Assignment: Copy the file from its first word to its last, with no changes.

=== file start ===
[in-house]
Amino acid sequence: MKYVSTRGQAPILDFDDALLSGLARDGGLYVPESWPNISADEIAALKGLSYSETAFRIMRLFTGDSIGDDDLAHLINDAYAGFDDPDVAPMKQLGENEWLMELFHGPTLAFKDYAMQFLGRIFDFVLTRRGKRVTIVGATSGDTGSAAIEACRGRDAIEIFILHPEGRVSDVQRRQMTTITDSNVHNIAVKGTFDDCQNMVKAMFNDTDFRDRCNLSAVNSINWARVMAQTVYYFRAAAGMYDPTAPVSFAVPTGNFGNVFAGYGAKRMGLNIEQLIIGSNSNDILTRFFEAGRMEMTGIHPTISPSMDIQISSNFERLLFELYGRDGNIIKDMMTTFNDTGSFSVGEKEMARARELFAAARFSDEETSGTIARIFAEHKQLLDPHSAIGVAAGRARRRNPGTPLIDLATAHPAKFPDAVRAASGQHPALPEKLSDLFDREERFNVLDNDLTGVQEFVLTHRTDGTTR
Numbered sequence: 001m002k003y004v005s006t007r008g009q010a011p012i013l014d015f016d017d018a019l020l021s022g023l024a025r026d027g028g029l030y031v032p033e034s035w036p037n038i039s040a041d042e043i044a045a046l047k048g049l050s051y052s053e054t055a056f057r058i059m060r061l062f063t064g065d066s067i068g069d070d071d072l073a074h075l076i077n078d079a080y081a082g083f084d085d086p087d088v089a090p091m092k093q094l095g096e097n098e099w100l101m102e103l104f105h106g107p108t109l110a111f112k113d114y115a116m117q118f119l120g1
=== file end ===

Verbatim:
[in-house]
Amino acid sequence: MKYVSTRGQAPILDFDDALLSGLARDGGLYVPESWPNISADEIAALKGLSYSETAFRIMRLFTGDSIGDDDLAHLINDAYAGFDDPDVAPMKQLGENEWLMELFHGPTLAFKDYAMQFLGRIFDFVLTRRGKRVTIVGATSGDTGSAAIEACRGRDAIEIFILHPEGRVSDVQRRQMTTITDSNVHNIAVKGTFDDCQNMVKAMFNDTDFRDRCNLSAVNSINWARVMAQTVYYFRAAAGMYDPTAPVSFAVPTGNFGNVFAGYGAKRMGLNIEQLIIGSNSNDILTRFFEAGRMEMTGIHPTISPSMDIQISSNFERLLFELYGRDGNIIKDMMTTFNDTGSFSVGEKEMARARELFAAARFSDEETSGTIARIFAEHKQLLDPHSAIGVAAGRARRRNPGTPLIDLATAHPAKFPDAVRAASGQHPALPEKLSDLFDREERFNVLDNDLTGVQEFVLTHRTDGTTR
Numbered sequence: 001m002k003y004v005s006t007r008g009q010a011p012i013l014d015f016d017d018a019l020l021s022g023l024a025r026d027g028g029l030y031v032p033e034s035w036p037n038i039s040a041d042e043i044a045a046l047k048g049l050s051y052s053e054t055a056f057r058i059m060r061l062f063t064g065d066s067i068g069d070d071d072l073a074h075l076i077n078d079a080y081a082g083f084d085d086p087d088v089a090p091m092k093q094l095g096e097n098e099w100l101m102e103l104f105h106g107p108t109l110a111f112k113d114y115a116m117q118f119l120g1